Exogenous others play Indian too: Bruno Cornellier, ‘Jackie Chan’s Indian play: immigration, Asianness, and the contracting self in the American settler colony’, Settler Colonial Studies, 2015

28Oct15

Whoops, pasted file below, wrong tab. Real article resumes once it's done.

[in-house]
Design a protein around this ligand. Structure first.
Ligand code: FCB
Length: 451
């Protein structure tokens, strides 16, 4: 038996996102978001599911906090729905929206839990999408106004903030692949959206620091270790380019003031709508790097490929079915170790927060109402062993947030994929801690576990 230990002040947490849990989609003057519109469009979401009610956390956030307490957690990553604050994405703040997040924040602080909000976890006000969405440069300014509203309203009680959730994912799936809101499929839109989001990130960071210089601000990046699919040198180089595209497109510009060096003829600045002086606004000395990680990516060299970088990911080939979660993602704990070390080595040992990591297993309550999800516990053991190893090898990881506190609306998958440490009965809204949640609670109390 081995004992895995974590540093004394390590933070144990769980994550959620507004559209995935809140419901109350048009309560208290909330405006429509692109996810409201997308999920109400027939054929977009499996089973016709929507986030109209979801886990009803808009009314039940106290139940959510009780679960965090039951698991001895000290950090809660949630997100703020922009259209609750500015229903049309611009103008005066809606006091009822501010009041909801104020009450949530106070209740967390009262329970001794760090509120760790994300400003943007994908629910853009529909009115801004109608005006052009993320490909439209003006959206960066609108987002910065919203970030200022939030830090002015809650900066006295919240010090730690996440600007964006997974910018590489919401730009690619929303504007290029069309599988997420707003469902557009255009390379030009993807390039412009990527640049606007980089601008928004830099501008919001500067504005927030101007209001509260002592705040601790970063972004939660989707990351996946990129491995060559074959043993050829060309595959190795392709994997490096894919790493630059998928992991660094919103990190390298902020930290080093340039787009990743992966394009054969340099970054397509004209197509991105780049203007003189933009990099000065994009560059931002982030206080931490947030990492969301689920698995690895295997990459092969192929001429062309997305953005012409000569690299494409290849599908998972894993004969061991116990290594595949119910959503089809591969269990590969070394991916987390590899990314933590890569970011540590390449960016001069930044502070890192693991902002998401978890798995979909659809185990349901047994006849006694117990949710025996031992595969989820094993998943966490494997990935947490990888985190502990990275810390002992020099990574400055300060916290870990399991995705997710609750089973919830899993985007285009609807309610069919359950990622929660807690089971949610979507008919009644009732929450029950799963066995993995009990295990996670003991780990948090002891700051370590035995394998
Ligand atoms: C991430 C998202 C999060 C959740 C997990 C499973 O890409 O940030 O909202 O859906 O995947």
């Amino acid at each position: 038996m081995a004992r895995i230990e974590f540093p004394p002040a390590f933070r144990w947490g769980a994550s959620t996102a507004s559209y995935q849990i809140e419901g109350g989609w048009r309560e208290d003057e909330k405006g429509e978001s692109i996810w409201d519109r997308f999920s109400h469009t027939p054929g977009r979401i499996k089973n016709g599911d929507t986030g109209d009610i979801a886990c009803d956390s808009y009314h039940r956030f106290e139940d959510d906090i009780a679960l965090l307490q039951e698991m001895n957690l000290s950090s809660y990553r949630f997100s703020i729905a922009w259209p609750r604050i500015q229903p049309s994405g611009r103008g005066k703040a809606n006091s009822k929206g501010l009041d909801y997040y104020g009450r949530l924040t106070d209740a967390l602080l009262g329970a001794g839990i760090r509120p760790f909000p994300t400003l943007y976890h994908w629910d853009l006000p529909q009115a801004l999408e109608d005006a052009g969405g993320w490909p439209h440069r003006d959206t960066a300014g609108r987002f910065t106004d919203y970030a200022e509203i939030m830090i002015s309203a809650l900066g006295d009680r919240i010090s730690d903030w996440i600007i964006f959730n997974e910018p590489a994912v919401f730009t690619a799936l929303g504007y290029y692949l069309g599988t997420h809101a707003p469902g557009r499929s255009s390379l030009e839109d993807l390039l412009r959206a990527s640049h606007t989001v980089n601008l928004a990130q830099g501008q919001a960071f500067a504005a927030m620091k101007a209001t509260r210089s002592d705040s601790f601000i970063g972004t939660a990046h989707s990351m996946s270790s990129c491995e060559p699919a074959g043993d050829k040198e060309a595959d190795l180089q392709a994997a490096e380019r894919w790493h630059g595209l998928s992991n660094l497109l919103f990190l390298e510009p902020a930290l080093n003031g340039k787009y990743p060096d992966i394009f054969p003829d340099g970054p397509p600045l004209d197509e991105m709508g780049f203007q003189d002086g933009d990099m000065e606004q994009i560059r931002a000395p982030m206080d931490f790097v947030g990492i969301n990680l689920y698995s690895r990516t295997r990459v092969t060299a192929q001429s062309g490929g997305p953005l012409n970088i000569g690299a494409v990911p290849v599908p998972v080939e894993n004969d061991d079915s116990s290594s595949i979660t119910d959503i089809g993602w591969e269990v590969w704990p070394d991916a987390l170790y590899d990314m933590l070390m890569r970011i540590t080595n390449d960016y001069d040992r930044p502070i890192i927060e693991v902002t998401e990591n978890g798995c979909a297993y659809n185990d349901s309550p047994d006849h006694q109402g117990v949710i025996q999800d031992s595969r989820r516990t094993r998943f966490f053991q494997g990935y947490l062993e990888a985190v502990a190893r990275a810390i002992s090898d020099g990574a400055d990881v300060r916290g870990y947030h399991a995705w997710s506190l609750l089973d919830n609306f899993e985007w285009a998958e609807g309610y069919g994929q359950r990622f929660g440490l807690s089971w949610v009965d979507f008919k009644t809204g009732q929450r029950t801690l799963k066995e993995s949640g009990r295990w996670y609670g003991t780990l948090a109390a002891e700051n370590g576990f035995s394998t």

Abstract: This paper is concerned with what I define as a cultural politics of ‘being from’ in the American settler colony. I use Tom Dey’s Western/‘cop-buddy’ hybrid Shanghai Noon (2000), and most specifically what is presented in the film as actor Jackie Chan’s failed and comedic partaking in the white and homosocial tradition of Indian play. I use the film as a textual anchor for the critical analysis of the types of contracting subjectivities that are implicitly privileged within the foundational delineations separating settlers, Natives, and arrivants in what President Obama described as a nation of immigrants that is carried on the back of the non-immigrant status of Native Americans. I explain that in his conversion from Chinese national to Asian American – a transition that is prefaced by his disqualification from the settler’s exclusive struggle over nativeness, followed by his peculiar transition into an (Asian) American cowboy – Chan’s character becomes representative of this dialectical (and, in his case, always already incomplete) movement from genealogy to autology, or from pre-modern forms of marriage, ethnic affiliations, and social constraints, to a settler-liberal ideal of intimacy, reasoned consent, and self-sovereignty. In other words, once Chan’s character fulfils this trajectory of self-discovery in the refashioning of place and self, his new-found voice and sexuality bespeak his idiosyncratic conversion into an Asian American. I argue that his conversion illuminates some of the complex modalities of raced and gendered intimacy in settler articulations of the privileged, contracting subjectivity of liberal colonialism. What such representation of an idealized, autological migrant subject allows us to suggest, is that non-Native people of colour, as they re-enact themselves settler colonial modes of Native dispossession and/or co-optation, often remain peculiarly moored to the hegemonic structure of feeling of American settlerism in ways that often put upon them assimilationist demands that are parallel to those imposed upon Indigenous bodies as always incomplete white liberal subjects in the making.



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